One of the main pastimes of shamanist folks is to read signs from the spirit world—to try to understand what Spirit(s) is saying to them, and what Spirit wants from them. We read coincidences, we link disparate events together into a narrative, we try to spot the unusual occurrence and discern what Spirit is telling us through it. We interpret reality against the backdrop of our own mythic structure. An eagle flies overhead and circles a far off rock across the water. It wants us to follow. Or it wants us to stay away. Or it wants us to see the face in the patterns off the rocks. Or it wants to tell us it approves of our actions. Or disapproves. Or a hundred other things. And on it goes.
Bible waving yahoos spend their time looking for signs too. So if you are a dedicated shamanist, don’t let yourself believe for a minute that you are all that different from Jack Van Impe and his perfectly coifed wife, Rexella, who operate the Bible Prophecy Portal of the Internet (http://www.jvim.com/) and whose weekly TV show is a masterful and hypnotic hour-long Ferris wheel ride through this week’s news stories as interpreted through bible passages taken out of context. Every show proves that we are in the last days and Jesus is coming very soon, and this makes Jack and Rexella giddy. By the way, Jack is living proof of that old adage “the nicer the hair, the holier the evangelist” and he also shows that holiness is directly proportional to how fast you speak. Lovely Rexella is the calm in the storm, the perfect foil for Jack. Her wide, blank eyes wobble with renewed amazement at each fulfilled prophecy Jack explains to his electronic flock.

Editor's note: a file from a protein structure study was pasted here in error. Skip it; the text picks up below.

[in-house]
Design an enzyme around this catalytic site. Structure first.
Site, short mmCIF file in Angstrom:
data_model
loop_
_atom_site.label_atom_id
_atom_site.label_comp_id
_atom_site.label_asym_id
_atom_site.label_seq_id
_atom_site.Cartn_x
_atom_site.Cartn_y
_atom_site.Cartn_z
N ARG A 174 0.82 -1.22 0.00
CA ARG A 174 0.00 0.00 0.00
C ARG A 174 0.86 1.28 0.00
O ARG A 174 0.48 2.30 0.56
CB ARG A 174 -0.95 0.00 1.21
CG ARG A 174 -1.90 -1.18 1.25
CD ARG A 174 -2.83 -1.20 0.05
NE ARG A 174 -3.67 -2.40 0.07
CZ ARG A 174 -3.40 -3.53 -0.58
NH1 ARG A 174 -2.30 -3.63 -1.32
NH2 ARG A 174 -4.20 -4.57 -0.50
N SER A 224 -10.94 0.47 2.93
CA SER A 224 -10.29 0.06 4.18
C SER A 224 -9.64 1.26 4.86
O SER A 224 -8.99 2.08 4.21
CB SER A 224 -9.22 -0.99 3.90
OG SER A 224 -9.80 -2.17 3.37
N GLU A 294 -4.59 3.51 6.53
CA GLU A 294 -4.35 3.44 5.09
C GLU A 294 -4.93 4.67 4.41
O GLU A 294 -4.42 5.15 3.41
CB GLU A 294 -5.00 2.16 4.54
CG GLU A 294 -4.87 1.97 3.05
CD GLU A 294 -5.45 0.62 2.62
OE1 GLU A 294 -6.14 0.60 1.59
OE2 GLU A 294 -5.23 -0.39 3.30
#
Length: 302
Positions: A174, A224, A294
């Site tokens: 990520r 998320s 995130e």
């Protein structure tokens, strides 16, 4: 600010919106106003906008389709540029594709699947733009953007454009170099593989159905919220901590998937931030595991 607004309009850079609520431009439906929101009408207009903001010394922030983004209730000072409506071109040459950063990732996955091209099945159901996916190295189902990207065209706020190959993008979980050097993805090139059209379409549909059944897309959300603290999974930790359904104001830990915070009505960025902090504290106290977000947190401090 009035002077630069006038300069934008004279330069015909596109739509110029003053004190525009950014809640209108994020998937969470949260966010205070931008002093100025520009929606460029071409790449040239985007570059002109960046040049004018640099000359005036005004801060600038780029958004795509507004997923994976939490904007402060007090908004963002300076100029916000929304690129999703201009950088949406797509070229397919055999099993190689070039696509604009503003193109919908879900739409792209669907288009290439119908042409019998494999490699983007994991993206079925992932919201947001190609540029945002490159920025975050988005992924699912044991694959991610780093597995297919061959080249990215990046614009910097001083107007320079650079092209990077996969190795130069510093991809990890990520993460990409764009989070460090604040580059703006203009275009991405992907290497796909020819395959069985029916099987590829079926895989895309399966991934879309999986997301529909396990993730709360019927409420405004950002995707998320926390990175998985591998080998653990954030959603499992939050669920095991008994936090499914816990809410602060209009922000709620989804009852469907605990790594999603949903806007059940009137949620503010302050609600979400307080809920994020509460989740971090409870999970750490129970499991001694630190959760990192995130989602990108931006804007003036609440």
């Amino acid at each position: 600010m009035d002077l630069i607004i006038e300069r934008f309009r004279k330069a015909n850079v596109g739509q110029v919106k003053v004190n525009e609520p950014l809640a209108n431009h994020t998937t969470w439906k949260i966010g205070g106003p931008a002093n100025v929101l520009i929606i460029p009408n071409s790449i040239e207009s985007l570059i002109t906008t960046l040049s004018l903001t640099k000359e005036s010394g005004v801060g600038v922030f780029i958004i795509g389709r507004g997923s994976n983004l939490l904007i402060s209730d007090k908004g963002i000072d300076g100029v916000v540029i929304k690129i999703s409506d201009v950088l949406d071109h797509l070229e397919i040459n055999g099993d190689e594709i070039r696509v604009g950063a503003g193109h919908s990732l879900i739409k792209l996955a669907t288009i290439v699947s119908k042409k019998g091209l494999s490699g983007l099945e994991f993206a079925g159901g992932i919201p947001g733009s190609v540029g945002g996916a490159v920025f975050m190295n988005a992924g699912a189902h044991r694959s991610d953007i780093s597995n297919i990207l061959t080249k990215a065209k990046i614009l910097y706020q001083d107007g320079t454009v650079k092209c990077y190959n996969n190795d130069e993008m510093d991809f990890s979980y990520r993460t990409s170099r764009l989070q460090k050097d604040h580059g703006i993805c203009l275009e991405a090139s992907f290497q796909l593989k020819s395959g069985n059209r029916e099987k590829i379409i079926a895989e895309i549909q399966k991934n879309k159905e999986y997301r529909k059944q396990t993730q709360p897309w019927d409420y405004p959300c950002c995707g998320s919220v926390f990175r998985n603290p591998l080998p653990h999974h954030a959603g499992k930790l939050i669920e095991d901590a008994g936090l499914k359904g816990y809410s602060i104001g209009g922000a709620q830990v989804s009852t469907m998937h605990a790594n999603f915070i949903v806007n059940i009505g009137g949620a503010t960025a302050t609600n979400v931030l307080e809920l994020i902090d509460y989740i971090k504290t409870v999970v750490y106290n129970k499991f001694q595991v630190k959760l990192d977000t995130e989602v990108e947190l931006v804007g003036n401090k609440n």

So to be religious is to, in some way or shape, look for signs.
And in our mainstream American religion which we call psychotherapy, we look for signs too: patterns in our behavior or sudden anomalies, memories and feelings that burst forth, images that spontaneously flare either in waking or dreaming. As I have said before so many times, the only difference, between religion and psychology is where you locate the “one who generates the signs.” If you locate the progenitor outside of human consciousness you are religious; if you locate it inside the human mind, you are a devotee of psychology. But they work the same mysterious magic and we communicate with either with the same ritualistic structures.
Spirit never seems to speak clearly, and this is one of the enduring mysteries of the spiritual life. Prayers never seem to be answered in the language in which they are uttered. Once I was graced with a dream: A spirit being came to me and handed me a tin can. I could see that the tin can was attached to a long white cotton thread that stretched up into the night sky, away, presumably to the ends of the universe. The spirit being motioned for me to put the tin can to my ear, presumably so that I could hear God speak to me. I warily drew the can up to my ear, and yes! I could hear the voice of the Creator speaking. The creator said to me: “Mrrmphallopenoffennnbobbleontkinginy. Dopplinglywhooffert. Obeerinddyloppingloggnommnotemevvverboooovvv.”